By Emily Erickson
Upon beginning this column, several things started happening to me that I didn’t anticipate. The first was the curious looks from passersby trying to place how they know me — their squinted eyes and tilted heads prompting me to search for leftover food on my face or dirt on my nose.
Just as my cheeks began to flush with an embarrassment I hadn’t quite deciphered, they would ask, “Don’t you write for the Reader?”
After a sense of relief and pride-filled “yes,” they would invariably follow up with, “The ‘Single in Sandpoint’ column, right? I love Scarlett Quille!” Me too, Sandpoint. Me too. But, sadly, I cannot take credit for all that wonder, wit and crassy-sass.
Instead, I’m “Emily Articulated,” tasked with the other thing I didn’t anticipate: Being Sandpoint’s Millennial voice, asked single-bristle questions requiring the broadest of brushes to paint in answers.
As a supposed Millennial-whisperer, I’m consulted on topics such as generational laziness: “Emily, why doesn’t my Millennial niece think she has to work?” or self-centeredness: “Emily, why are young people so entitled? The kid next door always parks on my grass.”
To these questions I reply with my tried-and-true, “Well, I think that every generation has its entitled and lazy members. But as the products of our environment — just like you — we Millennials just have unique circumstances with the society-wide side effect of seeming lazy and smartphones to document it all.”
There is one question I get asked that isn’t quite so narrow, to which there may be a nuanced answer to offer: “Emily, why don’t young people turn out to community events?”
Whether it be fundraisers, awareness campaigns or town decision-making affairs, young people are rarely anywhere to be seen.
Drawing from my own experiences, without claiming undue authority to speak on behalf of my fellow Sandpoint Millennials, I do have some ideas that might increase the engagement of young people at community events:
Advertise your event online. With the exception of the content and calendar in this wonderful publication, I build my social life from the Sandpoint Online events page or from Facebook event recommendations. You know those smartphones we’re constantly staring into? They allow you to market your event, literally, in the palms of our hands. And because we often travel in packs, once you interest a few of us, you’ll likely attract the masses.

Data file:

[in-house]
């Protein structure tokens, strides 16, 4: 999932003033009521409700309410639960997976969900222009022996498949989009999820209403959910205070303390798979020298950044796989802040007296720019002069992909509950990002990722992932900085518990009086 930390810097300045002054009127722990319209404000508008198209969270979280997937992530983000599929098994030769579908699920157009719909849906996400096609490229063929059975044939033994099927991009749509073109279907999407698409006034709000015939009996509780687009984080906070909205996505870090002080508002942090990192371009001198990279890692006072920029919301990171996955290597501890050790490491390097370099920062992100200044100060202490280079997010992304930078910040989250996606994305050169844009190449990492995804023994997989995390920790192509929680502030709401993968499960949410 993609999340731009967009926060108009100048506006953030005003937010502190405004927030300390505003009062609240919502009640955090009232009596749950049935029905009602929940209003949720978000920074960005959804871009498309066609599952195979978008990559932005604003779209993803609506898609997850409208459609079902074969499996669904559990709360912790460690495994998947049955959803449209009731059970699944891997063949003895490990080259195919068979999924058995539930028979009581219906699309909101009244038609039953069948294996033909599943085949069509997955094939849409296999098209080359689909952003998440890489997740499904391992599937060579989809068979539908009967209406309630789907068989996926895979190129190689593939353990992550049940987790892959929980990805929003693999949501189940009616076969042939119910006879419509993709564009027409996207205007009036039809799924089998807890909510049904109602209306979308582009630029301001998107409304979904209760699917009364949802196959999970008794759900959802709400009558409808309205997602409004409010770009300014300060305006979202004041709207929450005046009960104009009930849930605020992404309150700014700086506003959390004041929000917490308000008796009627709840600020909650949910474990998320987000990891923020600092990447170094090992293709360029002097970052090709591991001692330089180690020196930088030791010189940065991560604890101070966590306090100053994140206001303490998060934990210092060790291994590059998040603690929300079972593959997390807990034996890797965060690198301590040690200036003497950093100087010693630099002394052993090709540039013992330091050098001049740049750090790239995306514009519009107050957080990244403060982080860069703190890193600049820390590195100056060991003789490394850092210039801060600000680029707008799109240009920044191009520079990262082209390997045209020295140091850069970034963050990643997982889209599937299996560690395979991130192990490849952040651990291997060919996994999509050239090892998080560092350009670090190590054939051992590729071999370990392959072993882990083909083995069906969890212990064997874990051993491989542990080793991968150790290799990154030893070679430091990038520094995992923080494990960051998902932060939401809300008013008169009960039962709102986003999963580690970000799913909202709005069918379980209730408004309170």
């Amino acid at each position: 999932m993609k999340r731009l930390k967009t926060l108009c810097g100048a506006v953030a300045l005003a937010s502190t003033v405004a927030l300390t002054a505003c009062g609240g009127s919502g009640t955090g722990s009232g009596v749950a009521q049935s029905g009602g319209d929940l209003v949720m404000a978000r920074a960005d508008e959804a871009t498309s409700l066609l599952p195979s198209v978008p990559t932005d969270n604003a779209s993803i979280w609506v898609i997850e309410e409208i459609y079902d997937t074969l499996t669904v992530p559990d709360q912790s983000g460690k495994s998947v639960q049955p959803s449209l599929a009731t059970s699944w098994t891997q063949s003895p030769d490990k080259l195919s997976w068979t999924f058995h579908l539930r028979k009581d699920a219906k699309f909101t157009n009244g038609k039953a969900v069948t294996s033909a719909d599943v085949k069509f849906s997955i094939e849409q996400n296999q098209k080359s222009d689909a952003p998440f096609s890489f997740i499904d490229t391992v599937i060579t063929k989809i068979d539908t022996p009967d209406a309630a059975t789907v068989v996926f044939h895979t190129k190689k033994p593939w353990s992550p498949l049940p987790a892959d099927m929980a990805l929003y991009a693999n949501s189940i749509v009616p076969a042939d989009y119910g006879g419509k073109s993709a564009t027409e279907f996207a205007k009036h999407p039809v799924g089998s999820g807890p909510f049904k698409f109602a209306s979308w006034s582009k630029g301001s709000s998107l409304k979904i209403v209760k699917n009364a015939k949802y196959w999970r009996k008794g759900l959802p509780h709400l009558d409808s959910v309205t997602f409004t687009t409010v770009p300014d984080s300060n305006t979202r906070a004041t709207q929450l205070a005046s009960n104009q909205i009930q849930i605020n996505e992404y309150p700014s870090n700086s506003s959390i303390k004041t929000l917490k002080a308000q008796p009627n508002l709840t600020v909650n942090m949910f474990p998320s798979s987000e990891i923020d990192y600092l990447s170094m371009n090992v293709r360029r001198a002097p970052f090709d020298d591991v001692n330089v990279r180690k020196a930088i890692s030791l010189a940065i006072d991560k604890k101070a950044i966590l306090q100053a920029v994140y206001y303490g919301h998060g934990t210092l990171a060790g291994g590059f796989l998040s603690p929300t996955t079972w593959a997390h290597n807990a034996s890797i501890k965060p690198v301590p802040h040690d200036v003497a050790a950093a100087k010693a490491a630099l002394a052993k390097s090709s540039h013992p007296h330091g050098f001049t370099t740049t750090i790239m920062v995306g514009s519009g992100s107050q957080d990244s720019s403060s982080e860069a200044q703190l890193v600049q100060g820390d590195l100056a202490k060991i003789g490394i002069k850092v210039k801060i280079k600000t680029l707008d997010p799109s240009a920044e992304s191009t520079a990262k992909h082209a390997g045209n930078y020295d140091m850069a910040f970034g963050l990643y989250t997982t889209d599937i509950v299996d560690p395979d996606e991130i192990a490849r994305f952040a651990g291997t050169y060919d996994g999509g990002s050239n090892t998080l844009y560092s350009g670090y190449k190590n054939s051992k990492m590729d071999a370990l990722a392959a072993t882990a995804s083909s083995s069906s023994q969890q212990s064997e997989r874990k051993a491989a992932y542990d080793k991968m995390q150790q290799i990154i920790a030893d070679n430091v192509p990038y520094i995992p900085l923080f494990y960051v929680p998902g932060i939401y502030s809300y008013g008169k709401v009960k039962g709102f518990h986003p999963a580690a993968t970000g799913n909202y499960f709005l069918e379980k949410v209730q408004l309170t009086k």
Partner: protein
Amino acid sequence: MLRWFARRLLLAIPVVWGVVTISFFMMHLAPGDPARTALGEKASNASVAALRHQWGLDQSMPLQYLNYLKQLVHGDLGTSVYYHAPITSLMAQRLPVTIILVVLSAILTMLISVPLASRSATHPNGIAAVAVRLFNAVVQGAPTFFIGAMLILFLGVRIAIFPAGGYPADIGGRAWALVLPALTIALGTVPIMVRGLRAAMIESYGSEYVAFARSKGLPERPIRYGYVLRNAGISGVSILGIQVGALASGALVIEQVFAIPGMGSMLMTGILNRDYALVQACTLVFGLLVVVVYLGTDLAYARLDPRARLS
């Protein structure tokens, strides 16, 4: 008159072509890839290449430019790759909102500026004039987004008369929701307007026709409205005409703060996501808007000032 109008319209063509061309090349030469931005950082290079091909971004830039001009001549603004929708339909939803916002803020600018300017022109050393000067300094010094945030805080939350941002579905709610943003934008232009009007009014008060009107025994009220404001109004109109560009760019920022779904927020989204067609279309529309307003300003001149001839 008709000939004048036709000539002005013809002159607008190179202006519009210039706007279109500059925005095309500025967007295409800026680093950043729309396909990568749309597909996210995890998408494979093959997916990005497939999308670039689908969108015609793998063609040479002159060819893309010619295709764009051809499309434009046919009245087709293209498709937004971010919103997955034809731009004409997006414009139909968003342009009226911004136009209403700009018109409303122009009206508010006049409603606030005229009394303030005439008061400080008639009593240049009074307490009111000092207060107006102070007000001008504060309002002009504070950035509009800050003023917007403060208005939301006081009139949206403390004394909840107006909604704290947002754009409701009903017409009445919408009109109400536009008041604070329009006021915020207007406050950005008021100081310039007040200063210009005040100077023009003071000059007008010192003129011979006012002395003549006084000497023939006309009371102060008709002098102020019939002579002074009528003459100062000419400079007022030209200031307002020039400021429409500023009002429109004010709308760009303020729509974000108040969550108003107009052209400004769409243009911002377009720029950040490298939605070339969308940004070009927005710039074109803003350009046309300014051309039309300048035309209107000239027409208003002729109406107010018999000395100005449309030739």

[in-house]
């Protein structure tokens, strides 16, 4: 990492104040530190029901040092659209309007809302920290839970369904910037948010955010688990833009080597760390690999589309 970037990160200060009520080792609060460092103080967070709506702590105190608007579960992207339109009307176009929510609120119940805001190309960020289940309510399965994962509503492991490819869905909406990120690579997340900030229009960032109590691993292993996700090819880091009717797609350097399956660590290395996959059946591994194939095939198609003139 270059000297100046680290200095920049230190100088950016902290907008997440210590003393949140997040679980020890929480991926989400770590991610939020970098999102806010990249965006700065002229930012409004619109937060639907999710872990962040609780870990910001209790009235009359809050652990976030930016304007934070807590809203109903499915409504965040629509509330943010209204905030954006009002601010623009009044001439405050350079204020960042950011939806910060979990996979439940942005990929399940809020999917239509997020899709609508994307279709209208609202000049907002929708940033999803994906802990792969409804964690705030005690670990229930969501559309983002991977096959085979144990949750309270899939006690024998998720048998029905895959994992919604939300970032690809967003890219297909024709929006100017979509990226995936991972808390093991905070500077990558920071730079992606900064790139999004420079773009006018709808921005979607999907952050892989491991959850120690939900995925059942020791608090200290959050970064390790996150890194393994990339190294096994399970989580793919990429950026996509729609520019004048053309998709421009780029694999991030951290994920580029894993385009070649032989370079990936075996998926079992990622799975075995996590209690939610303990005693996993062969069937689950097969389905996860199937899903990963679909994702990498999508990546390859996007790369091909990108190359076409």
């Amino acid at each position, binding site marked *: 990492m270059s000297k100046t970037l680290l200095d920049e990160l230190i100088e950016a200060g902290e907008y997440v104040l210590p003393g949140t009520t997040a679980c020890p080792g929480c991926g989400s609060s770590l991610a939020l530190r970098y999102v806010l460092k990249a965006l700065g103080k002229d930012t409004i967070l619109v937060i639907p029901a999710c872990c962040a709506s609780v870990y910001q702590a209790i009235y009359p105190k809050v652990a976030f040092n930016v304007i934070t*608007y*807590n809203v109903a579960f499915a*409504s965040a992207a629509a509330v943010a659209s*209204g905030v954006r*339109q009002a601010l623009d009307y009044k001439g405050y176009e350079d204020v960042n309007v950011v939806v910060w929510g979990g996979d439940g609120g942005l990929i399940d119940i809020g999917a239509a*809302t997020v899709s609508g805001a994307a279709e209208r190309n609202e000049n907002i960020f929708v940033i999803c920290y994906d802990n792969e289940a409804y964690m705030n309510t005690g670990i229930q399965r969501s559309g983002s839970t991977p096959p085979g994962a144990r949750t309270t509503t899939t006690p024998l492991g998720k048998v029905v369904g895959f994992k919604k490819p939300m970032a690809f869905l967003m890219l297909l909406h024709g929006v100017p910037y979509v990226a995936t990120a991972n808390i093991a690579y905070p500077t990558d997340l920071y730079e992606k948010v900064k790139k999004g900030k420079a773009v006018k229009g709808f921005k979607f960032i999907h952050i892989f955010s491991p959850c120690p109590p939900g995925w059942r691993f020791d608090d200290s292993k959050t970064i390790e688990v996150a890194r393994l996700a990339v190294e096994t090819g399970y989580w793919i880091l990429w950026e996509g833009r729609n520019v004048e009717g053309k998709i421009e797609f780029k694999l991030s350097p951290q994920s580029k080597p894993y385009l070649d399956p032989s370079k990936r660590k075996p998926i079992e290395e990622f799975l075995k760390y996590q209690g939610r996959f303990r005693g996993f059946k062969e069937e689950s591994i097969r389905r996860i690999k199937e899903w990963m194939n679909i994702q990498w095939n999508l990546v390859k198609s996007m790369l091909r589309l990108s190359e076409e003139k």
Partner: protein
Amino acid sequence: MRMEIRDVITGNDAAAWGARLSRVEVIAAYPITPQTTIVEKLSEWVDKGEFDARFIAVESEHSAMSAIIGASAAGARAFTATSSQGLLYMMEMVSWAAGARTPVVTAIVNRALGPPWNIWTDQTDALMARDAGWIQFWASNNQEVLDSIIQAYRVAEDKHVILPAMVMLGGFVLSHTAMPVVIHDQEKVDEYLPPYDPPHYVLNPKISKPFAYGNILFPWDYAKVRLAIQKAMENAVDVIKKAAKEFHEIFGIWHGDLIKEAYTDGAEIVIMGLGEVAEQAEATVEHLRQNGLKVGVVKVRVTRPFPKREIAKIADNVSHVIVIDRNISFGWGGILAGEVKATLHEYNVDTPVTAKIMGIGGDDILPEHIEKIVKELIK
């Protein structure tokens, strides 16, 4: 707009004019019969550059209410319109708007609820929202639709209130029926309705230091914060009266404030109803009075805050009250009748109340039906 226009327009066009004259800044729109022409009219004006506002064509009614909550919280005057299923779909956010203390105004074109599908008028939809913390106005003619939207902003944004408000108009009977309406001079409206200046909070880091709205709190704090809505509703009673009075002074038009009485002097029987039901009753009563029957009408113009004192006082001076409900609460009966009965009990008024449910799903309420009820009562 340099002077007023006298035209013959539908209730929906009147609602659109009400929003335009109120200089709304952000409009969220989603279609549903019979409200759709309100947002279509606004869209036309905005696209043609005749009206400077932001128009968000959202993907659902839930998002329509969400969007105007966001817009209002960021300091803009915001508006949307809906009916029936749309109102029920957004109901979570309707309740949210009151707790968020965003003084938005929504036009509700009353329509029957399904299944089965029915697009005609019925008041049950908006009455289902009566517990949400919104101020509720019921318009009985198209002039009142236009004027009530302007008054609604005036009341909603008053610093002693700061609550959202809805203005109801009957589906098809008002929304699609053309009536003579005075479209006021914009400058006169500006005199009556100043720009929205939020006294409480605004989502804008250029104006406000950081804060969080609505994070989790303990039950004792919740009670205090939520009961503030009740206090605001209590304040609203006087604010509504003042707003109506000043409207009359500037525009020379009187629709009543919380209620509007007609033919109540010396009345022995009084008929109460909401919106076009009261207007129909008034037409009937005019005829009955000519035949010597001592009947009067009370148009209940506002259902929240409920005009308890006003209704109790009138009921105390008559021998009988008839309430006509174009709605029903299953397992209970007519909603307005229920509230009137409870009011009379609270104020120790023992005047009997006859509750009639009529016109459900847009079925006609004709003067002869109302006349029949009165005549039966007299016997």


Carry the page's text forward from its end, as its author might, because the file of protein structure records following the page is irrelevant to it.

Make your event memorable. We Millennials are suckers for the unique and the free. If you’re trying to generate awareness for your cause, ramp up the memorability quotient by making it a mustache and mimosa party, a pumpkin smashing competition or a footie-pajama bike ride (you get the idea). Better yet? Offer something free, especially beer or tacos. Bring a keg and a taco bar to your next roundtable discussion and watch the Millennials flock.
Another benefit of your memorable, quirky themes is your event becoming “shareable.” With a hashtag, a photobooth and some choice slogan-adorned props, you’ll have more marketing material than you could possibly use.
Have clear, concise messaging and specific calls to action. Believe it or not, we Millenials do care about the world around us. A lot, actually. But, without easy-to-consume messaging and a practical way to get involved, your cause will flit from our awareness faster than coffee shop customers without good Wi-Fi. At your event, get us fired up about your cause by giving us the facts, boiled down into takeaways we can remember.
Additionally, much more than other generations, we would rather get involved through actions than by donating funds without knowing where our dollars are going. Having specific ways for us to get involved increases the chances we will interact with your cause: “Bring an X poster at Y time because of Z reason.”
Even better? Let us get involved in ways that connect with our skills. Need eye-catching imagery for your cause? Make graphic design a way to volunteer. Want someone to donate content for your cause’s Instagram? We’d love to give you photos and captions. Need help setting up a Facebook ad for your big fundraiser? Your engaged Millennial will happily assist.
If funds are all you really need, let us choose from a few different ways our dollars can be used. This simultaneously eases our skeptical minds and capitalizes on our desire for multiple choices. Attach specifics to how our money is actually helping, with clear messaging and mapped-out dollar pathways.
Ultimately, there is no secret key to getting the Millennial population engaged in community events. We, like everyone else, are fickle creatures absorbed in our own lives. We care about the people close to us and the world around us, but we struggle to make time to get involved.
That said, if you take away anything from this Millennial-whisperer, let it be: free beer and tacos.
While we have you ...
... if you appreciate that access to the news, opinion, humor, entertainment and cultural reporting in the Sandpoint Reader is freely available in our print newspaper as well as here on our website, we have a favor to ask. The Reader is locally owned and free of the large corporate, big-money influence that affects so much of the media today. We're supported entirely by our valued advertisers and readers. We're committed to continued free access to our paper and our website here with NO PAYWALL - period. But of course, it does cost money to produce the Reader. If you're a reader who appreciates the value of an independent, local news source, we hope you'll consider a voluntary contribution. You can help support the Reader for as little as $1.
You can contribute at either Paypal or Patreon.Contribute at Patreon Contribute at Paypal